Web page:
Theatre; Justice, Law, and Society


Walshe, Rachel

Advisor Department





theater; social change; applied ethics; political art; activism; creative


Contemporary artists are working within a cultural moment saturated with political fervor. The ideologies of social and political movements such as Black Lives Matter, Queer Rights, and Gun Control weigh heavily on the minds of young artists. More and more, I see actors, writers, and creators struggling to reconcile their identities as artists and identities as political beings. How do artists resolve the internal dissonance between their artistic and political spheres? Is activist art an opportunity to synthesize these two spheres? Or might creating art for political ends pose ethical and/or aesthetic hazards? On the one hand, creating political art risks entrapping the maker into the pitfalls of a ‘well-intentioned’ activist who appropriates a political moment for personal artistic recognition. On the other hand, there looms solipsistic artistry, wherein the artist confines himself to an echo chamber of his own culture and milieu. Somewhere between these two, debates rumble concerning the autonomy of craft, where the artist must reconcile the political implications of his art with His art form’s imperative to transcend reductive political frameworks. This is the ideological landscape I have found myself, often haphazardly, navigating within my own intellectual and creative practices. This project sets forward a methodical exploration of this landscape. It explores approaches to synthesizing these political and artistic spheres, and questions how our activism and art can coexist, while preserving the integrity of each respective practice. What follows is a chronicle of my efforts, over the past eighteen months, to methodically expose myself to the theory, artwork, and practice of like-minded artists, devoted to exploring the synthesis of political and artistic spheres. It has taken form in an academic study, engaging in texts of theory and their representations in the art form. It has involved experiential practice, engaging in theater programs and projects dedicated toward innovating and revitalizing theater’s ability to transcend its conventional milieu. Finally, it has demanded of me creation, and with it infusion of theory and experiences into my own original work and projects. Boiled down, this project is my attempt to explore how theater—and more specifically, my own artistry-- can genuinely engage with a cultural and political moment, and to explore the potential and limits of theater as a civic practice.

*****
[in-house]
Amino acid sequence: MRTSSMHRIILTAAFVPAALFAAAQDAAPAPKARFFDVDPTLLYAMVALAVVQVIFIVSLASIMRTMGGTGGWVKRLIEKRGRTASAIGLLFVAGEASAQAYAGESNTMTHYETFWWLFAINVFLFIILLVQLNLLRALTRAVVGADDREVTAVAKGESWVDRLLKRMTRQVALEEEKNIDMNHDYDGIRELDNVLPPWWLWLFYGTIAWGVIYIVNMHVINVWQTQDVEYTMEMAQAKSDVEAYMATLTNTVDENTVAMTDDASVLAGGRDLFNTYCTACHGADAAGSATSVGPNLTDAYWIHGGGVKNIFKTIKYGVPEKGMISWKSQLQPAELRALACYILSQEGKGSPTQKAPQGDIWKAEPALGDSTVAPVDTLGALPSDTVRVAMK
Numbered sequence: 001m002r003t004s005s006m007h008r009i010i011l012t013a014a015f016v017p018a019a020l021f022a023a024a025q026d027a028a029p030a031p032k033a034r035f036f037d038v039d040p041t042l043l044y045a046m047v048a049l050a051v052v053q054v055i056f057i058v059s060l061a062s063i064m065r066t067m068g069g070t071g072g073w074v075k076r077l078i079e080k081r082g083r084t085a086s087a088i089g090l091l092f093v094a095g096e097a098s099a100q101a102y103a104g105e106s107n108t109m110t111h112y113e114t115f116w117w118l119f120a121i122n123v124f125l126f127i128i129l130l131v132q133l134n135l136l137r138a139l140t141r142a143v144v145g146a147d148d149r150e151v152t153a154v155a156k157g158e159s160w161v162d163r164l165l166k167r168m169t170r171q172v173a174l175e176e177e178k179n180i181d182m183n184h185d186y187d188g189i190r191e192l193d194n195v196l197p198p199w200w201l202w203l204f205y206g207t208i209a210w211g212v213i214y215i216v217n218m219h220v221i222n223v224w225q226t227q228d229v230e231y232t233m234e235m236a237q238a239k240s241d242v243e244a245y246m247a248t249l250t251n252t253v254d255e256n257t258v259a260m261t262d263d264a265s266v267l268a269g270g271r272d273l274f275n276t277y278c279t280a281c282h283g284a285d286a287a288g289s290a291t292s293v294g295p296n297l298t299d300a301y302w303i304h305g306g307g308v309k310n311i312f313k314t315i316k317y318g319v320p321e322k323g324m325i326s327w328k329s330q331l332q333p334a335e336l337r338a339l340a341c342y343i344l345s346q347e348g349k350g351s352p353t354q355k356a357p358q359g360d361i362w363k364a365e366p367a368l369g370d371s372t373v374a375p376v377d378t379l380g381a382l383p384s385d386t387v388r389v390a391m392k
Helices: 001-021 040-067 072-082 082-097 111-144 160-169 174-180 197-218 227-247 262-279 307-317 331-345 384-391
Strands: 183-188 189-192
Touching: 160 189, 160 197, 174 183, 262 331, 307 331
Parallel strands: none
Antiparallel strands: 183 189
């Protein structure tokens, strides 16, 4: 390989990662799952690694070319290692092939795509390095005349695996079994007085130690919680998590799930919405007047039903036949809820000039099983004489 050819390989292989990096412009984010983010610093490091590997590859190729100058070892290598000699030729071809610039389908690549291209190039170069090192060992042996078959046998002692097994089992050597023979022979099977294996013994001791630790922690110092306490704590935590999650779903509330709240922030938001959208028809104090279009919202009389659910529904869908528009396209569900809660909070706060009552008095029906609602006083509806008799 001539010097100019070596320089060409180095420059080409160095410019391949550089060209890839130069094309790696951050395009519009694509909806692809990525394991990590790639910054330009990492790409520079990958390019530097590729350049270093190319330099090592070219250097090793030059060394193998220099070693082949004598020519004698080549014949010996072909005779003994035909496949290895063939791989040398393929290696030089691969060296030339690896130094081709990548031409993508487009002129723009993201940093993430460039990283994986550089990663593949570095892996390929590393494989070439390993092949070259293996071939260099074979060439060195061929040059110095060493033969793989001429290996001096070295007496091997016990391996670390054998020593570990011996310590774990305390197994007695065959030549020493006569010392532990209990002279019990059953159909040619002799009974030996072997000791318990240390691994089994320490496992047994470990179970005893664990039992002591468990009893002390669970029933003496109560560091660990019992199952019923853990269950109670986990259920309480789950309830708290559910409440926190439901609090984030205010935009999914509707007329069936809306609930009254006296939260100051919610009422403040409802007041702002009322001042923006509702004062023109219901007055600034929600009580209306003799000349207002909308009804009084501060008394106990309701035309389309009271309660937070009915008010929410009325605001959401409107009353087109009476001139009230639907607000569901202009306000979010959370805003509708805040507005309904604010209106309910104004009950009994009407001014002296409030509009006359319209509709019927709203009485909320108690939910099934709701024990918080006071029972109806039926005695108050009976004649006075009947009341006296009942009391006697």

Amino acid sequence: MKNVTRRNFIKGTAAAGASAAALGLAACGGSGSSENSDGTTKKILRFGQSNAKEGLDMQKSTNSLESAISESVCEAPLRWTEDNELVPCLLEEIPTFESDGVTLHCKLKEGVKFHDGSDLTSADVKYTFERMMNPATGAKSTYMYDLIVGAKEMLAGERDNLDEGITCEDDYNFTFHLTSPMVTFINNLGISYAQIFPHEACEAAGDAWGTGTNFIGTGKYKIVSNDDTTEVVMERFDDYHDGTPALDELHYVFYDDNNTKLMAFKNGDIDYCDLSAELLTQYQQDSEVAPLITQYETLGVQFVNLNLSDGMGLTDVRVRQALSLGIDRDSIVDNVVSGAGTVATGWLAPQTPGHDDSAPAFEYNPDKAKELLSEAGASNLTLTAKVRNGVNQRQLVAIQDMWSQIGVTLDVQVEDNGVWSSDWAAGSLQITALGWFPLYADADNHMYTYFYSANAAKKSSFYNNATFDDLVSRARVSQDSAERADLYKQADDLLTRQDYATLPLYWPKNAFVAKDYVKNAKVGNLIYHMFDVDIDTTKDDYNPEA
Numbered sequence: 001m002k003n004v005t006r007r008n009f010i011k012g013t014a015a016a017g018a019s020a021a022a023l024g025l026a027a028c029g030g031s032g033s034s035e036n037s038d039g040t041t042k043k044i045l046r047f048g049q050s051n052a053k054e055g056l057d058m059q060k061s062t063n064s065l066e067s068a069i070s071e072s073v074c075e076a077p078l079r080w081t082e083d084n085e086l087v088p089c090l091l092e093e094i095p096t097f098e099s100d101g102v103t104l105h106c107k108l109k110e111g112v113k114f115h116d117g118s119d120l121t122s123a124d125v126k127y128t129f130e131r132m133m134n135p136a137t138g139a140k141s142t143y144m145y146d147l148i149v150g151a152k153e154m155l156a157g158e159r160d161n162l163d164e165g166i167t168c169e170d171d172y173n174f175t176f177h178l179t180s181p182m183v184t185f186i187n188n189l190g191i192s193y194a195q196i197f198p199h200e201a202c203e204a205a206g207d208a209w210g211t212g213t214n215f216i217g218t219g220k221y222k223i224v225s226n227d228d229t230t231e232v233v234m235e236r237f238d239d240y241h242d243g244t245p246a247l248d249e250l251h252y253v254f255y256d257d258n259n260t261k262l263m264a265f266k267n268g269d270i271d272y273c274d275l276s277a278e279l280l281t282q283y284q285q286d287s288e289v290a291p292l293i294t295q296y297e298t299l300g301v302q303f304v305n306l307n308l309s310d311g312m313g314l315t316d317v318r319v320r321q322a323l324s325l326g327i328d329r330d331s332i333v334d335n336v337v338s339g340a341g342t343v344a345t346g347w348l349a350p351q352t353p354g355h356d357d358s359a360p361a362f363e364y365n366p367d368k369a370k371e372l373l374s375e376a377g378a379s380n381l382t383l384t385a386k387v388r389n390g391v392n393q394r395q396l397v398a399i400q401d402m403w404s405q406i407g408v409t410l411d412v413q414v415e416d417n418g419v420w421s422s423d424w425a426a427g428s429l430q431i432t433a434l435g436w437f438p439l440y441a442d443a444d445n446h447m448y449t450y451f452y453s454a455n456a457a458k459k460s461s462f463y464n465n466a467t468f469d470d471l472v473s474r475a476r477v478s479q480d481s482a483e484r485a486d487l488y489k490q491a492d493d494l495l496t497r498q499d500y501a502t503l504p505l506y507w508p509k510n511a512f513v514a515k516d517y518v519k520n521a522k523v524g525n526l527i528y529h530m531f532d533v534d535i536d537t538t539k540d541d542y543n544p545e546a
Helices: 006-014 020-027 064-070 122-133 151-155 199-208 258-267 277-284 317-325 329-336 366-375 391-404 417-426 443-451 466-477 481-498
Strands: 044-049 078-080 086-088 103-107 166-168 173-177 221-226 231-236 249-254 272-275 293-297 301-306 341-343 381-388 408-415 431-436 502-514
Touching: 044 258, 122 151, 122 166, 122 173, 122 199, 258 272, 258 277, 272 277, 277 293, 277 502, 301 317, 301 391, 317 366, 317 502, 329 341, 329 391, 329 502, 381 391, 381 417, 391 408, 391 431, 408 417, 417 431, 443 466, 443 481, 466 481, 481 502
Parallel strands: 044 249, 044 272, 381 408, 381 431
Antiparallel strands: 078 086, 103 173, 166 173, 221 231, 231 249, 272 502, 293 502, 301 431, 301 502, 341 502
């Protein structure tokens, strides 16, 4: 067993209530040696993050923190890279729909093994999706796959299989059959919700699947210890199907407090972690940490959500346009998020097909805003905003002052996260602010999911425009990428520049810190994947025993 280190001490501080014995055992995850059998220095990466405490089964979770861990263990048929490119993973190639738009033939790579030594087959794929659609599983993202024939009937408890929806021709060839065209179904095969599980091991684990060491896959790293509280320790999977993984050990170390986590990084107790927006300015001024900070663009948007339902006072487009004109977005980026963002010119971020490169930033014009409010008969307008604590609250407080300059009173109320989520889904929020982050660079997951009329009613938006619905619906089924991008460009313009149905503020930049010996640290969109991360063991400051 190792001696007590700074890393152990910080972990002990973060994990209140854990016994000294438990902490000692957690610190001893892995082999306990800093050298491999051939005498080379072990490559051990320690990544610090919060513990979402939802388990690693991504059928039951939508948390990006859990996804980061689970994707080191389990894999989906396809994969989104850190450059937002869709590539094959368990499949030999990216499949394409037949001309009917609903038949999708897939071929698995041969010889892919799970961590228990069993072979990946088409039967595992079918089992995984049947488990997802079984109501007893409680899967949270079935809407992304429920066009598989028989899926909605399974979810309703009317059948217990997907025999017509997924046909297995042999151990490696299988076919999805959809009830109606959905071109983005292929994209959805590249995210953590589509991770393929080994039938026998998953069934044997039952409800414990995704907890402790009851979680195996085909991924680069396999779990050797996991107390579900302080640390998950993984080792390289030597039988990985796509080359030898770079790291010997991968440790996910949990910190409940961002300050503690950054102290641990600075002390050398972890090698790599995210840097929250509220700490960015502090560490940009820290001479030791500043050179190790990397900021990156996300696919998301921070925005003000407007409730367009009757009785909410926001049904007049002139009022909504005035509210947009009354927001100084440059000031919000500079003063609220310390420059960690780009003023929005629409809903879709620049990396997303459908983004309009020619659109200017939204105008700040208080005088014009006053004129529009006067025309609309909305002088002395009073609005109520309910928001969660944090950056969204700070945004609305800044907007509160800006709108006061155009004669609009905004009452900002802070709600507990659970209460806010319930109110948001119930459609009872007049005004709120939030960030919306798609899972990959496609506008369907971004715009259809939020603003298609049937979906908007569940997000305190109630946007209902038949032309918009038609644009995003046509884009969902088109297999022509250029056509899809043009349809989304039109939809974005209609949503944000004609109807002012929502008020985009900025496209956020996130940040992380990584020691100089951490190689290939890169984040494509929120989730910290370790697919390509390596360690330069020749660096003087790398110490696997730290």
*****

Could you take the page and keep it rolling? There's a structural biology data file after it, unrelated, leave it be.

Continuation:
Charlie Santos.pdf (37674 kB)